Autonomic dysfunction in patients with chronic obstructive pulmonary disease (COPD)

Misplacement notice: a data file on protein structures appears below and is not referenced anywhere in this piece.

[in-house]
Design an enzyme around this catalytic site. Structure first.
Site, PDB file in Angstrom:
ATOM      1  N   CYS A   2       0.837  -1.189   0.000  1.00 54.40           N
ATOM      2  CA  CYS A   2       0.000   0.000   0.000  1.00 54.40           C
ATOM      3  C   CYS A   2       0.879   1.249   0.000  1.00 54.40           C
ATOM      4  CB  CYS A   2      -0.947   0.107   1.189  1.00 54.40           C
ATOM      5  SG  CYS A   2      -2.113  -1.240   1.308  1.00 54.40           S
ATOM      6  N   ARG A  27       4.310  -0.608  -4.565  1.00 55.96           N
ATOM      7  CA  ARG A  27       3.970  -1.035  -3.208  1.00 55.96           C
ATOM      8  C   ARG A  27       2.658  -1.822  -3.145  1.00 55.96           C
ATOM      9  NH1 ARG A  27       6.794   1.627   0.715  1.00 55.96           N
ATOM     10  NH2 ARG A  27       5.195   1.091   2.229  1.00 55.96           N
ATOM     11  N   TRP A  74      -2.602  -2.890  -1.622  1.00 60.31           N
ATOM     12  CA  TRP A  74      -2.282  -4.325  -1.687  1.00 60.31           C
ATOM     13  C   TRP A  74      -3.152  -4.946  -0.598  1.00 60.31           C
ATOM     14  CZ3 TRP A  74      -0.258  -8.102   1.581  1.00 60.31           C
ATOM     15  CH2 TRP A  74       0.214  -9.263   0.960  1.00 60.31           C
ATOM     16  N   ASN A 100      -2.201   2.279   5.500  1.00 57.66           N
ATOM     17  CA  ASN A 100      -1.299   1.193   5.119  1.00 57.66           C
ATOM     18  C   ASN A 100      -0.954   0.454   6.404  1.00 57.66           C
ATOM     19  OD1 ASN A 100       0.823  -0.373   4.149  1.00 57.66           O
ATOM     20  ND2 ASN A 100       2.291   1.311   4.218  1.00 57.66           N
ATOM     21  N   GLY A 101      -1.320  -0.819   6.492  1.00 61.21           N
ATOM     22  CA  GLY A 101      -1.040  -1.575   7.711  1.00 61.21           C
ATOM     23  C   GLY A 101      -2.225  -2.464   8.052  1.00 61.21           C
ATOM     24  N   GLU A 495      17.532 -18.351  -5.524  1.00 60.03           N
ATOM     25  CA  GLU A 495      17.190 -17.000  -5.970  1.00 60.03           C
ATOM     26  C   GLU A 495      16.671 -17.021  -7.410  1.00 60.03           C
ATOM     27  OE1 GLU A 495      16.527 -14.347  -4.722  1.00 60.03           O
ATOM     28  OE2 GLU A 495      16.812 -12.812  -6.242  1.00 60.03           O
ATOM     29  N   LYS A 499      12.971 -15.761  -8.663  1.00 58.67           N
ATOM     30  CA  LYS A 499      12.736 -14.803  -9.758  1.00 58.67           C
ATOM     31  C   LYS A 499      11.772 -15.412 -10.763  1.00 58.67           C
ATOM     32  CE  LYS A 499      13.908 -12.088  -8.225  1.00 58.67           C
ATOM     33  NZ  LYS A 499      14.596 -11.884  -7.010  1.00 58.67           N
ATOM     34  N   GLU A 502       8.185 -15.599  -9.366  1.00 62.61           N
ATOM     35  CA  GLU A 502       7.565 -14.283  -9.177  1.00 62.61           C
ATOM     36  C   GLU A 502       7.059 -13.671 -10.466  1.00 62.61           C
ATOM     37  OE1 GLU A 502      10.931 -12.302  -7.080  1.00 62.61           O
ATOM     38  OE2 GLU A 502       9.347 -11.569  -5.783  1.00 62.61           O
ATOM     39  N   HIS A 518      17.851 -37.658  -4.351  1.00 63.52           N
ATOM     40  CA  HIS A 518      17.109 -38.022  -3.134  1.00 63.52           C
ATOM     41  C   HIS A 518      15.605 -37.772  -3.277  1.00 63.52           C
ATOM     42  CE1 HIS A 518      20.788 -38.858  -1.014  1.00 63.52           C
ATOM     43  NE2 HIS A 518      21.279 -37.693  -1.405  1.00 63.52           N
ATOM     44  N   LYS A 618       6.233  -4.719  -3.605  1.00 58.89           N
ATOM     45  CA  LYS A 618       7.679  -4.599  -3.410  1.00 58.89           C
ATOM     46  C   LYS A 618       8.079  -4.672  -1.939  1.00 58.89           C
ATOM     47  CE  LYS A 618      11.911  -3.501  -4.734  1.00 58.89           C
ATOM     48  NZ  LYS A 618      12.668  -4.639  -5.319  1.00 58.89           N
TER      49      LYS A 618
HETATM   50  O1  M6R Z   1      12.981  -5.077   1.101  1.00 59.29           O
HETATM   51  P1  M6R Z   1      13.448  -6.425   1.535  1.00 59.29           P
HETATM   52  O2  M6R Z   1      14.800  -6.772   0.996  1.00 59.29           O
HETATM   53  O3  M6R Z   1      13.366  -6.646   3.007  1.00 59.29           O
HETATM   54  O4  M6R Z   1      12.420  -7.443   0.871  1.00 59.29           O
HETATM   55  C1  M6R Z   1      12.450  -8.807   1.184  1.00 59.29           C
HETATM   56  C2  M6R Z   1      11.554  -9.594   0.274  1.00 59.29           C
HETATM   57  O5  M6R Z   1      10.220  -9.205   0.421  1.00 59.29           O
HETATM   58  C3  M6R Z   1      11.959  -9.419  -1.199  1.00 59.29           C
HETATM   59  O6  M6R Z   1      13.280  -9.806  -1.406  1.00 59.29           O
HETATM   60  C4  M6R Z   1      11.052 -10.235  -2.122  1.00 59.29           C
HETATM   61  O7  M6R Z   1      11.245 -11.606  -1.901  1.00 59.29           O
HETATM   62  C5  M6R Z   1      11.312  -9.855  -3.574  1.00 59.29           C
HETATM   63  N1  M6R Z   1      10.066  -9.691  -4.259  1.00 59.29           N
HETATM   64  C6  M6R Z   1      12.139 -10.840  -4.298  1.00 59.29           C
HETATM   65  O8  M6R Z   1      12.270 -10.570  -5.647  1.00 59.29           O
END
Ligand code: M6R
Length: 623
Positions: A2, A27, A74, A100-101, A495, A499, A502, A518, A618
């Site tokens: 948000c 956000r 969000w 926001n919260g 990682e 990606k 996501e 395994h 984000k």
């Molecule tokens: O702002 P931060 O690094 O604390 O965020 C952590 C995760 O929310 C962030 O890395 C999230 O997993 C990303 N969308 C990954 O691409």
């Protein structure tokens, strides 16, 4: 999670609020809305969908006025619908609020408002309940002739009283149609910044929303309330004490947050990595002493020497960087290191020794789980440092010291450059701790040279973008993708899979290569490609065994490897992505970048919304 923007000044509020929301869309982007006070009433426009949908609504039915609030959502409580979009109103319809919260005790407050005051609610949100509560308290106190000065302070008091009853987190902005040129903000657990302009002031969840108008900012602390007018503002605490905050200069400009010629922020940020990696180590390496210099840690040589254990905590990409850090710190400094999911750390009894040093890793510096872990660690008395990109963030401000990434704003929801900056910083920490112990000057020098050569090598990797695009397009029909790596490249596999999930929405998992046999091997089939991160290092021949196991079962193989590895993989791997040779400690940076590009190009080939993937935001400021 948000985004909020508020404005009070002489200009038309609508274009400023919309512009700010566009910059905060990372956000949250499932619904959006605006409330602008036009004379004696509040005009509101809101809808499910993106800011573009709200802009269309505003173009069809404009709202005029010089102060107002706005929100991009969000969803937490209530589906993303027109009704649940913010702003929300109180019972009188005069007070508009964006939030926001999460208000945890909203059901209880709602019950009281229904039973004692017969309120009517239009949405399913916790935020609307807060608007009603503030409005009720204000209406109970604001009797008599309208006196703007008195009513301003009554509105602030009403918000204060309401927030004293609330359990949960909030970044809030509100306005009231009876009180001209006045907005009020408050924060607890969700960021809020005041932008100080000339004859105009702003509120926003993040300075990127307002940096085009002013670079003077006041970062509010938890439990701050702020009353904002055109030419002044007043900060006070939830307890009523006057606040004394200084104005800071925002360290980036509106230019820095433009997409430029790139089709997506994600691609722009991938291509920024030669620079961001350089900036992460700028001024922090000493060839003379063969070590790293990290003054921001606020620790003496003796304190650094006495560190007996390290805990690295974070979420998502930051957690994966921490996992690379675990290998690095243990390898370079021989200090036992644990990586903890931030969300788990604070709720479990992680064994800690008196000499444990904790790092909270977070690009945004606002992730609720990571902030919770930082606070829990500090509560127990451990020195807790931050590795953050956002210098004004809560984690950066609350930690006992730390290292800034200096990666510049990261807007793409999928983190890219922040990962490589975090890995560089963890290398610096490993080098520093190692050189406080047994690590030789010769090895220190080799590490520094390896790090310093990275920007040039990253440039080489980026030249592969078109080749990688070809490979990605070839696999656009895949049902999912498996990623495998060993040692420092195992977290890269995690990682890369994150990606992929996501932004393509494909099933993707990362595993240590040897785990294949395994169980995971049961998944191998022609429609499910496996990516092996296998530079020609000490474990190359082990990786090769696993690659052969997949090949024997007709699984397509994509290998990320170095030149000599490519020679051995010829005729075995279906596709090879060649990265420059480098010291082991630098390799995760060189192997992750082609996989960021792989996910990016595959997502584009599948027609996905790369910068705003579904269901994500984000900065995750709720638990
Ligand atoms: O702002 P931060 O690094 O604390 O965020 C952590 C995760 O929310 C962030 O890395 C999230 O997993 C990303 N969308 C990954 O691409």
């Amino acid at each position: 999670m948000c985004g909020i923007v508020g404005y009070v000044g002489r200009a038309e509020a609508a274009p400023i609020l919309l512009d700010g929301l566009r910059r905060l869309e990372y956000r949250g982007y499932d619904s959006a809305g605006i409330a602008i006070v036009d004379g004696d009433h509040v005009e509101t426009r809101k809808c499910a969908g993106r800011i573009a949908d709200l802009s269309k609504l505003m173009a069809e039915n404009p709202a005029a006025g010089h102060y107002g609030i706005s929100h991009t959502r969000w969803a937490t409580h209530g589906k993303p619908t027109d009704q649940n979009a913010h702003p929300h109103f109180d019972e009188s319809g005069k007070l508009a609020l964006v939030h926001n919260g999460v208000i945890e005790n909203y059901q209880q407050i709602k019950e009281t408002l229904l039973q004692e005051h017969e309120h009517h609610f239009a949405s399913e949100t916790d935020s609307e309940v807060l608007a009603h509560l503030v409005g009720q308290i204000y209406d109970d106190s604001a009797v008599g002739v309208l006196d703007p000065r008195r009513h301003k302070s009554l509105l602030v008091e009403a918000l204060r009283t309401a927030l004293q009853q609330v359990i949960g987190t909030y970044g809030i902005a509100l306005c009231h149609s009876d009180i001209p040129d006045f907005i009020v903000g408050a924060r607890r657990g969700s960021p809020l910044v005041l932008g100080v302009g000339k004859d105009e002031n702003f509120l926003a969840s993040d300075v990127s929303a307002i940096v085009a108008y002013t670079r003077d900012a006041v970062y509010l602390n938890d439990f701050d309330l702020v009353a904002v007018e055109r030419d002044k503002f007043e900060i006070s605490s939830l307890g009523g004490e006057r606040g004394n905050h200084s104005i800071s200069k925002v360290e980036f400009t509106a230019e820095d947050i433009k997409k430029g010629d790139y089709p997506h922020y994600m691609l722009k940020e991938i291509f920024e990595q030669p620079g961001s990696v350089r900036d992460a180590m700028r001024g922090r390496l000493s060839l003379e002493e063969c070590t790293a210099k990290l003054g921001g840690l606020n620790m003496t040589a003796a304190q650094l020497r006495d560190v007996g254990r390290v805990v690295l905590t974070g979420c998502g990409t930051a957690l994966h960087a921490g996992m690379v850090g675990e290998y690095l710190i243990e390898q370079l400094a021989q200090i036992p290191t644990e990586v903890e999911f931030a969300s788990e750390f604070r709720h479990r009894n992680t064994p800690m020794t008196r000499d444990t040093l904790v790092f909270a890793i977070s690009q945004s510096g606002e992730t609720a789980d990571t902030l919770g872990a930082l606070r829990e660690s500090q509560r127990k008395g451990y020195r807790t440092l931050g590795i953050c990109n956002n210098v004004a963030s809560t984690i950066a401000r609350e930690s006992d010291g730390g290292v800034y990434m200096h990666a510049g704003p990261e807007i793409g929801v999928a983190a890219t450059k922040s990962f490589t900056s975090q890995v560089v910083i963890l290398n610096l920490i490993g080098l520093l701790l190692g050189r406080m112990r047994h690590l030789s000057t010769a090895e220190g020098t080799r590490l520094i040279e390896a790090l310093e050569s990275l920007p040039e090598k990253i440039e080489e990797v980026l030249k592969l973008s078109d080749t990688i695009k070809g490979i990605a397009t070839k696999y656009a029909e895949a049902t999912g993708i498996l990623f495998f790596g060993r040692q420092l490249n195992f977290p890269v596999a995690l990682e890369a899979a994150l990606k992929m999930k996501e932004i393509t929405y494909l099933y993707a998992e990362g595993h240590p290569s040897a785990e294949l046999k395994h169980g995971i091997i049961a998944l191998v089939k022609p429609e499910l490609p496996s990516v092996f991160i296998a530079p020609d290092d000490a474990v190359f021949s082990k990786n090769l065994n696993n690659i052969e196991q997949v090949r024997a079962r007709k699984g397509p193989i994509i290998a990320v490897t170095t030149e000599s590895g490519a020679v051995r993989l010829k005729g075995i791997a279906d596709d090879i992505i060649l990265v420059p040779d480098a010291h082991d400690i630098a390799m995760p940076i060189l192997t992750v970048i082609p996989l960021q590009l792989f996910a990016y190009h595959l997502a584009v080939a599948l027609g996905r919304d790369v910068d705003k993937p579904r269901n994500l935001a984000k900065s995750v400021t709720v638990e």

It has been recognized that chronic obstructive pulmonary disease (COPD) is a systemic disease which has been shown to negatively affect the cardiovascular and autonomic nerve system. The complexity of the physiologic basis by which autonomic dysfunction occurs in patients with COPD is considerable and the knowledge in this field remains elementary. The purpose of this review is to provide an overview of important potential mechanisms which might affect the autonomic nervous system in patients with COPD. This review aims to summarize the basic research in the field of autonomic dysfunction in patients with COPD. In COPD patients the activity of sympathetic nerves may be affected by recurrent hypoxemia, hypercapnia, increased intrathoracic pressure swings due to airway obstruction, increased respiratory effort, systemic inflammation and the use of betasympathomimetics. Furthermore, experimental findings suggest that autonomic dysfunction characterized by a predominance of sympathetic activity can significantly modulate further inflammatory reactions. The exact relationship between autonomic dysfunction and health status in COPD remains to be elucidated. Treatment aimed to restore the sympathovagal balance towards a reduction of resting sympathetic activity may modulate the inflammatory state, and possibly contributes to improved health status in COPD.